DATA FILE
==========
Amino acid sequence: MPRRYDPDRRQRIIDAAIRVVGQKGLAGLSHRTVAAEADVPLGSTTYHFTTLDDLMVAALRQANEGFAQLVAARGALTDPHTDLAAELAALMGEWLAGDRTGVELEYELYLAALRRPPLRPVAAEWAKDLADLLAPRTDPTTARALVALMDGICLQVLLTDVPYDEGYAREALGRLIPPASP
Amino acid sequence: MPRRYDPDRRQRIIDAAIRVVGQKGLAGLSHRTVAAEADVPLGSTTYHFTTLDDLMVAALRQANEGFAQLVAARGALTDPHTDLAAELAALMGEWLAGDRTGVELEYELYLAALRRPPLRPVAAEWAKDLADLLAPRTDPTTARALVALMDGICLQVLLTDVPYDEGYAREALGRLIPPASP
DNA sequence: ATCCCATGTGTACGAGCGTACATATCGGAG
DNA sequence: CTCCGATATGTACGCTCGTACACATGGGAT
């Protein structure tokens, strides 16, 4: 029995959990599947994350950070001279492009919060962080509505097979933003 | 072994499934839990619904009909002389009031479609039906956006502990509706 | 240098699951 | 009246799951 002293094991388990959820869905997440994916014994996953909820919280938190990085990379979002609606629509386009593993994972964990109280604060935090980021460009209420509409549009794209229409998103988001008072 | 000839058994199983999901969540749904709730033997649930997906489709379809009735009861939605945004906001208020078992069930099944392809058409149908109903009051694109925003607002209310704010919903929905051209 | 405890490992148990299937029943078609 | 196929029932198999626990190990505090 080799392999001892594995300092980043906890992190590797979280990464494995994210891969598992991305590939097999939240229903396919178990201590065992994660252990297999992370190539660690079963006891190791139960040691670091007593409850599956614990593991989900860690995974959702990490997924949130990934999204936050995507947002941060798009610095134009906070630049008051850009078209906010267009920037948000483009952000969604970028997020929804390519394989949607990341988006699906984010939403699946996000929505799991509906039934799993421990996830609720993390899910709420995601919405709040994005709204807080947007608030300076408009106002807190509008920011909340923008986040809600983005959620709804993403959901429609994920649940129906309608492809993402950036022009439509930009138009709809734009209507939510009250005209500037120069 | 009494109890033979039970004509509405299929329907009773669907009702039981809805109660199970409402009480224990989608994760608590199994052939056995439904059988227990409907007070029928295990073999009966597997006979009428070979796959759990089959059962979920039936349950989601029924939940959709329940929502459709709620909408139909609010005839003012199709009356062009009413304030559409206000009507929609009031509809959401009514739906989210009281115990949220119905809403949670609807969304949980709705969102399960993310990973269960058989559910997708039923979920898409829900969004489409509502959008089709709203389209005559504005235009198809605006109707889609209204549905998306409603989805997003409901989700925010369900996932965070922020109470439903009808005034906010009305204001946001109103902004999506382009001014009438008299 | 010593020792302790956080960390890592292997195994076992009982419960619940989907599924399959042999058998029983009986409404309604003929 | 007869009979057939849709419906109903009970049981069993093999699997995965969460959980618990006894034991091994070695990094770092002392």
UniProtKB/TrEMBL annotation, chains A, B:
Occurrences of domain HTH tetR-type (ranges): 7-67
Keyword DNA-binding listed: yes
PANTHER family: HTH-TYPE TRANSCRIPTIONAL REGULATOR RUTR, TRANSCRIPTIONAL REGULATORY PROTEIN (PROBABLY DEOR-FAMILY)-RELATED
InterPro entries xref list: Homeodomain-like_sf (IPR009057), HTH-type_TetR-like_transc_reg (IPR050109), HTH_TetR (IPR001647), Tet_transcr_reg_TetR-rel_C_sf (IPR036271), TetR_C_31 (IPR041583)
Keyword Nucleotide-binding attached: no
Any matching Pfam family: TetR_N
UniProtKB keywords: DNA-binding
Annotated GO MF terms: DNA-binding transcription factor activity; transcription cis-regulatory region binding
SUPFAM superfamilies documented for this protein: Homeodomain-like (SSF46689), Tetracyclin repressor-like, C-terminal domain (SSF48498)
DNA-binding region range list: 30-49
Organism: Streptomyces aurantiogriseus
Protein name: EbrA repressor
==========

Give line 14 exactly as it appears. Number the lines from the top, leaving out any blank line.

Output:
Annotated GO MF terms: DNA-binding transcription factor activity; transcription cis-regulatory region binding